Amir at embassy protest
Photo: Yaron Brener
Egyptian President Hosni Mubarak
Photo: AP
Rally in Egypt
Photo: AP

'Mubarak ruined lives of 70 million people'

Egyptian who has been living in Israel for 14 years after escaping torture in homeland, tells Ynet his twisted life story. 'It's time for Egyptian people to be set free,' he says

The sun was threatening to set on Tel Aviv when some 20 young men and women began marching on Bazel Street, waving Palestinian and Egyptian flags. They sang songs condemning Egyptian President Hosni Mubarak, growing louder as they neared the Egyptian Embassy. Police stood on the side of the road, observing the orderly rally, until something disturbed the calm unexpectedly.


A man, evidently older than his fellow demonstrators, stepped off the curb onto the road, and started yelling and cursing. "Mubarak is a son of a bitch," he screamed. "I hope he dies." It was easy to see that unlike the slogans chanted by the others, the man's coarse words came from a painful place. Police caught sight of his tirade and rushed to quell it.


One of the rally's organizers turned to officers, asking them to remove the man from the scene. "He's not one of us," he said. "He came to make a mess." The cops took the screamer aside, urging him to calm down, but he grew even more agitated.


"I'm Egyptian," he yelled. "They ruined my life. My brother is in the hospital in Egypt. Leave me alone."


'I could have died in jail'

A short while later, I see him on the street corner. He seems calmer, but two police officers keep watch nearby, just in case. One of them asks the man not to rejoin the protest. I come up to him, ask for his name. "Amir," he tells me. "I'm Egyptian, not like these demonstrators here."


We get a cup of coffee at a little shop on a street corner. There, in the somewhat more relaxed atmosphere, he tells me his fascinating life story.


"I arrived in Israel 14 years ago," he says. "I had to run away from Egypt. They put me in jail for nothing. I ran away from prison, and entered Israel through the broken border in Sinai. If I wouldn't have escaped, I am sure I would have died in jail."


Despite his physical distance from the upheaval, Amir has been having trouble sleeping over the past week. The Images of a burning Cairo incessantly broadcast on television and the feeling that Egypt is on the verge of collapse have been stopping him from shutting an eye. Day and night he watches the media reports on the events upturning his homeland, worrying about the safety of the family he left behind in Alexandria. His concern escalated when he heard that his brother was among those hurt in the riots.


"Yesterday I spoke to my father, and he told me that my younger brother was injured at the clock square in the city," he tells me. "His condition is critical, and he is hospitalized. At that moment the call was cut off, and I have no idea what is going on with him. I'm going crazy."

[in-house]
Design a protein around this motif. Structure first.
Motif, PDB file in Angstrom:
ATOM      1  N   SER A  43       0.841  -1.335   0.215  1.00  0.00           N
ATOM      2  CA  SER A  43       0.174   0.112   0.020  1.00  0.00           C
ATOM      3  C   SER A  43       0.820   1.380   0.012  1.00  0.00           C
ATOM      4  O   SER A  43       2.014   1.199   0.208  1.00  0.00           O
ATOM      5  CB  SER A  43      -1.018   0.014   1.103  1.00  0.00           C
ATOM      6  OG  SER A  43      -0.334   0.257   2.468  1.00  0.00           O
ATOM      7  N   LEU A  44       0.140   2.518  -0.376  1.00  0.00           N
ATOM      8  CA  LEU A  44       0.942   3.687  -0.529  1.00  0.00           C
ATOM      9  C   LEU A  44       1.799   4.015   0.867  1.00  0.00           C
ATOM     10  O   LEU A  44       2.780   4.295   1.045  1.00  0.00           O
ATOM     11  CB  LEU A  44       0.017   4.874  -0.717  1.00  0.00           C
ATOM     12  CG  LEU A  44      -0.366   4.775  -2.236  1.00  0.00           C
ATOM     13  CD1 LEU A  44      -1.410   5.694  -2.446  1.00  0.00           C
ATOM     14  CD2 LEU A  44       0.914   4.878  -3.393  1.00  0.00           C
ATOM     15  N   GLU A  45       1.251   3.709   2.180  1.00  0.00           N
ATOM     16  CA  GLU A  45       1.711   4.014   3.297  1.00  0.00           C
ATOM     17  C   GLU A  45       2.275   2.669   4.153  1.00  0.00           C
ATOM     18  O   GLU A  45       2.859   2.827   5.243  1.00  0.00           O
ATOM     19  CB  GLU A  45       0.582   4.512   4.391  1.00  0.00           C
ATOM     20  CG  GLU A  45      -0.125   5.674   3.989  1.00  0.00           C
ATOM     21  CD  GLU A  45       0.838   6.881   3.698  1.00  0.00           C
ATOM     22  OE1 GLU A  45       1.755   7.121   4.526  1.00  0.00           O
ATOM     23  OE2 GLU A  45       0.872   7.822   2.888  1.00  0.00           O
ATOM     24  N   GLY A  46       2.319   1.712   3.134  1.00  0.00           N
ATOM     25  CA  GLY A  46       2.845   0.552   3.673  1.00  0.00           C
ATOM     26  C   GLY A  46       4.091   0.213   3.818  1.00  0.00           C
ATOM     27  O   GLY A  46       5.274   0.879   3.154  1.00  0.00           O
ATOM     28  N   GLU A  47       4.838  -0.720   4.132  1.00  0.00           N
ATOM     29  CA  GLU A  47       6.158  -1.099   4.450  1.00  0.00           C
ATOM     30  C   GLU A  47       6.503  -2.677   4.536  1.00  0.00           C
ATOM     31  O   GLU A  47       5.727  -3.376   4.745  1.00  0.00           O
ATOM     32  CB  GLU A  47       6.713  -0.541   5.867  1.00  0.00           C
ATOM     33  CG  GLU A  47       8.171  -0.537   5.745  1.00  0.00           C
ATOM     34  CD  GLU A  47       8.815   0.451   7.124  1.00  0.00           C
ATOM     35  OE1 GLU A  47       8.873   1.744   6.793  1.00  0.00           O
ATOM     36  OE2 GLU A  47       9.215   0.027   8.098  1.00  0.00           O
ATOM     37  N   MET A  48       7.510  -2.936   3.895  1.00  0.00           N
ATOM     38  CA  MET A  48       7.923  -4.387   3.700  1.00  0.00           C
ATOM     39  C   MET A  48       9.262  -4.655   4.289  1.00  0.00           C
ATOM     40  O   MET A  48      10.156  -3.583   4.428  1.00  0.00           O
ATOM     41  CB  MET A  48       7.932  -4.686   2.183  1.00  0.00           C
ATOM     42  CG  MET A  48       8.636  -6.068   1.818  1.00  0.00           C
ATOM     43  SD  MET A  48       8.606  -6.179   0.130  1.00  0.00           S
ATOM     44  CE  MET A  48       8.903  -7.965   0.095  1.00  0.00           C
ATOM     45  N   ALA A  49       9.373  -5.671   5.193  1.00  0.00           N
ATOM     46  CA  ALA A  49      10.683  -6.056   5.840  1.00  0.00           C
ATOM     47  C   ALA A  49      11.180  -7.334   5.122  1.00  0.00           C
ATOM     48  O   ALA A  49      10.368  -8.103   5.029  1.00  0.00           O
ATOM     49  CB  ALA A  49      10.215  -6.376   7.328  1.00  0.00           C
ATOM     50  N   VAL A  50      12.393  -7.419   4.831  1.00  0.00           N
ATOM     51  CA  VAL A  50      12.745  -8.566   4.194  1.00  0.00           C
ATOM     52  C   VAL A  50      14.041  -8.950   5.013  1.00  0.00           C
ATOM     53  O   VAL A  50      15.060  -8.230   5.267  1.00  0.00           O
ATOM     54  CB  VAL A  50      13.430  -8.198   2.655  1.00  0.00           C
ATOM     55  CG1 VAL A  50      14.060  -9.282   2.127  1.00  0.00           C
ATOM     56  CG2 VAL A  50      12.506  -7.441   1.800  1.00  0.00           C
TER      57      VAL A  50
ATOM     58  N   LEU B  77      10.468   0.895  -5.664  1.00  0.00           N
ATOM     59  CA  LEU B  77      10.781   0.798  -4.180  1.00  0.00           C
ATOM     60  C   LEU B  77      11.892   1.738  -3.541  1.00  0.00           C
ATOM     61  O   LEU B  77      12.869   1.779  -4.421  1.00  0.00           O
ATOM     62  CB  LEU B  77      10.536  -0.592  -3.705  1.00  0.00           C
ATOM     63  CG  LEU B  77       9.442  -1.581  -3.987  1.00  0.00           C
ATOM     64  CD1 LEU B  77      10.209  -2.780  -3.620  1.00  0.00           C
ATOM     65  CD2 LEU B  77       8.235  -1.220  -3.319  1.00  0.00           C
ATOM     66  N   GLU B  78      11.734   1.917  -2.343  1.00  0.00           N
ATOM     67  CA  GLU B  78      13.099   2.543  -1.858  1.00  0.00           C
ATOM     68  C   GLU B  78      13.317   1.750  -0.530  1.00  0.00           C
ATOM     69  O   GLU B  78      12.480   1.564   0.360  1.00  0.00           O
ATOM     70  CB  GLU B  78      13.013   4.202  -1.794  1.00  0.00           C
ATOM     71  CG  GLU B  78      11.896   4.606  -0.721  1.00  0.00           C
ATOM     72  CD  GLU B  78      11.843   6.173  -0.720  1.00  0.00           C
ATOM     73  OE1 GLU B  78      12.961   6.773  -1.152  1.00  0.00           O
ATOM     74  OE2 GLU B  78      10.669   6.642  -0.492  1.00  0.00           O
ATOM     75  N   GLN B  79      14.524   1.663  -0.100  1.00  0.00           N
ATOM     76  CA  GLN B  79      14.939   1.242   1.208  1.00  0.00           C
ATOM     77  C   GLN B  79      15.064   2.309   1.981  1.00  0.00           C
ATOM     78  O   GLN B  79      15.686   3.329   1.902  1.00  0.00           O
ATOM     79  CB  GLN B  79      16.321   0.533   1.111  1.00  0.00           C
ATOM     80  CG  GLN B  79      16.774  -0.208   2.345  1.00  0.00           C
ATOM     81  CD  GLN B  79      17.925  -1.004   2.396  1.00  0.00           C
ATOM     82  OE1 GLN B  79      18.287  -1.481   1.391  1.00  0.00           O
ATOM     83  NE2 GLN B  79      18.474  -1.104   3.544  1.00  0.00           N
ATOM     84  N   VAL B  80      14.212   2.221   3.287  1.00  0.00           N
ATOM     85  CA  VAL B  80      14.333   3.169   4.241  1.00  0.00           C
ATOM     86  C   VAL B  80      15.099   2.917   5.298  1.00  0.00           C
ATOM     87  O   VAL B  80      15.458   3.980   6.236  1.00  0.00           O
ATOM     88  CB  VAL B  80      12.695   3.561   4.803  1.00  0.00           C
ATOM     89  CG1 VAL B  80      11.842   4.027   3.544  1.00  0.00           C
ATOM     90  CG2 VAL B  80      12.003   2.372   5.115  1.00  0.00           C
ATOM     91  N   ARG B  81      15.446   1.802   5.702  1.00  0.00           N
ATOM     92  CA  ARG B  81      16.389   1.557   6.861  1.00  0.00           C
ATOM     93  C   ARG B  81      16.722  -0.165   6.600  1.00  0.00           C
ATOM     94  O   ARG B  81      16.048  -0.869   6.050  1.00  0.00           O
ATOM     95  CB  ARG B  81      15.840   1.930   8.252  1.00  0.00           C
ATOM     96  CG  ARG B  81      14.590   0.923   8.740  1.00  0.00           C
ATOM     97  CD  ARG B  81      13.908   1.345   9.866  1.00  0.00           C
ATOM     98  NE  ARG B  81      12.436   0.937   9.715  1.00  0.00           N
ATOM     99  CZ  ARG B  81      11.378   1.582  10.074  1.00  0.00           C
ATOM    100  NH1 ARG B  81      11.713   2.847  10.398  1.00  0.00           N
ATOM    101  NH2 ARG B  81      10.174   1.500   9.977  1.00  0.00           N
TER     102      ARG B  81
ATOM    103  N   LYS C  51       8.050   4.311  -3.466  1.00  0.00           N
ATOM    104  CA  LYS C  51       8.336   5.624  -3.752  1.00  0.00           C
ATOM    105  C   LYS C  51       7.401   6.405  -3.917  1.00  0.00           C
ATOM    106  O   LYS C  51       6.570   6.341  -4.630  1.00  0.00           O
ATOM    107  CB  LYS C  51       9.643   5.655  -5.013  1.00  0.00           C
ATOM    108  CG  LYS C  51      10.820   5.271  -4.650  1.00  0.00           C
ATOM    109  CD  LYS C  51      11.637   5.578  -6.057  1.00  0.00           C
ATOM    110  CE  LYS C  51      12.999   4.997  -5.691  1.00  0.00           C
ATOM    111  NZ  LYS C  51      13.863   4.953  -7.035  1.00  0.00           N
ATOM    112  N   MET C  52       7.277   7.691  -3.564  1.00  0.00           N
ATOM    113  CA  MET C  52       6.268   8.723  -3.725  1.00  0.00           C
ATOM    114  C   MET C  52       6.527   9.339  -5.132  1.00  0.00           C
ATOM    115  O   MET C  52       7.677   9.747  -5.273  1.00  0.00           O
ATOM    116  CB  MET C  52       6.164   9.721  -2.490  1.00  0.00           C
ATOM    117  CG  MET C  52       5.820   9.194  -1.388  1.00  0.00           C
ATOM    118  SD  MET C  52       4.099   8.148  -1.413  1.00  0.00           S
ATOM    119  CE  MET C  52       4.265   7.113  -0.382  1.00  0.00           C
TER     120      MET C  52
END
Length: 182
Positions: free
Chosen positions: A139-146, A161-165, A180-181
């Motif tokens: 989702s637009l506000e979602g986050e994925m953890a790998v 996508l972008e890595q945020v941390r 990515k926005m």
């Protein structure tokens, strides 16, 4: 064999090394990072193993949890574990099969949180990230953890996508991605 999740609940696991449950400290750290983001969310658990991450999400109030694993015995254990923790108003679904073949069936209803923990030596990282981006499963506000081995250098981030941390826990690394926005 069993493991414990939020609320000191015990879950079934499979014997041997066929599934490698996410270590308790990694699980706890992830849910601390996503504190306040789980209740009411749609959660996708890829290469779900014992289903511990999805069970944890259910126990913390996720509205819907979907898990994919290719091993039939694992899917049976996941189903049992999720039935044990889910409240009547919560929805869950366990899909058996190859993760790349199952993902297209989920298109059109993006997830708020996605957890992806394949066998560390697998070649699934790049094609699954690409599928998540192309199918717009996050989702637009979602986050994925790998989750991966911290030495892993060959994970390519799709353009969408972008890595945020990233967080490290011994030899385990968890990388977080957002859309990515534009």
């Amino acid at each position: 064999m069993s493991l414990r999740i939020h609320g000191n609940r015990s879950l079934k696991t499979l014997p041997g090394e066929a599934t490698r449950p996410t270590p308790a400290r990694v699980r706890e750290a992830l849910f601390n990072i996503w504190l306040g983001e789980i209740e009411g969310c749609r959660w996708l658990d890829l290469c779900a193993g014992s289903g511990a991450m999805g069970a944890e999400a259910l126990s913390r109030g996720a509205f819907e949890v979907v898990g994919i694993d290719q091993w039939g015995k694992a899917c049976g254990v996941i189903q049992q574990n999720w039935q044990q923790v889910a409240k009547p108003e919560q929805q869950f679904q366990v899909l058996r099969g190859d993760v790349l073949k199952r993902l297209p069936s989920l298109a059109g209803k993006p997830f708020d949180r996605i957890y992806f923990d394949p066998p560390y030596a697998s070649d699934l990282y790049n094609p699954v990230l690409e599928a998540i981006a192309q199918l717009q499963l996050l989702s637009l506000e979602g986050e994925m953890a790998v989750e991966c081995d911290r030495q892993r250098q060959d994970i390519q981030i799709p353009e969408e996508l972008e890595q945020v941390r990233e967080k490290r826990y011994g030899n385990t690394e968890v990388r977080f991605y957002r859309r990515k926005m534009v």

Amir at Tel Aviv protest. (Photo: Yaron Brener)


From fishing village to prison torture

The grievances Amir has with Mubarak and his regime date back 20 years, when he was a young man.


"I wasn't born to a wealthy family," he says. "I grew up in a fishing village near Alexandria. One day, two rich friends asked me to let them use an apartment that belonged to my family for a few days. I agreed and gave them the key.


"Five days later, officers from the Muhabarat (Egypt's secret police) caught me, beat me and threw me in jail," he recalls. "I was in a dungeon for days, without food, practically without water. I was tortured, but no one told me for what reason."


A week later, Amir was brought into the interrogation room. He was shocked to find the two friends that borrowed his apartment there. He was even more shocked when the police told him that they brought a girl to the residence and raped her. It turned out that he was accused of abetting the crime.


"When I got to court, I was informed that my two friends were released," he says. "Both their fathers were senior officers, one of whom served in the police while the other served in the Egyptian army. They used their connections and wealth to release their sons without a trial.


"At that moment I realized that, like many others before me, I fell into the hands of the corrupt Egyptian court, and that the whole case was going to be blamed on me," he says.


He was tried without a lawyer, and sentenced to 10 years in one of the roughest prisons in the country. "In Egypt, only money talks," he explains with frustration. "My friends came with money and were released, but I was sent to the dungeon.


"For three months out of the three years I spent in jail, I was locked in a sealed black room, a type of a basement without even a bit of light, which was flooded with sewage," he says. "The prison guards chained me to a small bar near the ceiling, and electrified me with water while my feet weren't touching the floor. There were moments when I was sure that this was where my life was going to end."


After three years there, Amir's father managed to gather a sum of 25,000 dinars for bail, and appealed his conviction in court. The judge placed Amir under house arrest while his case was being investigated.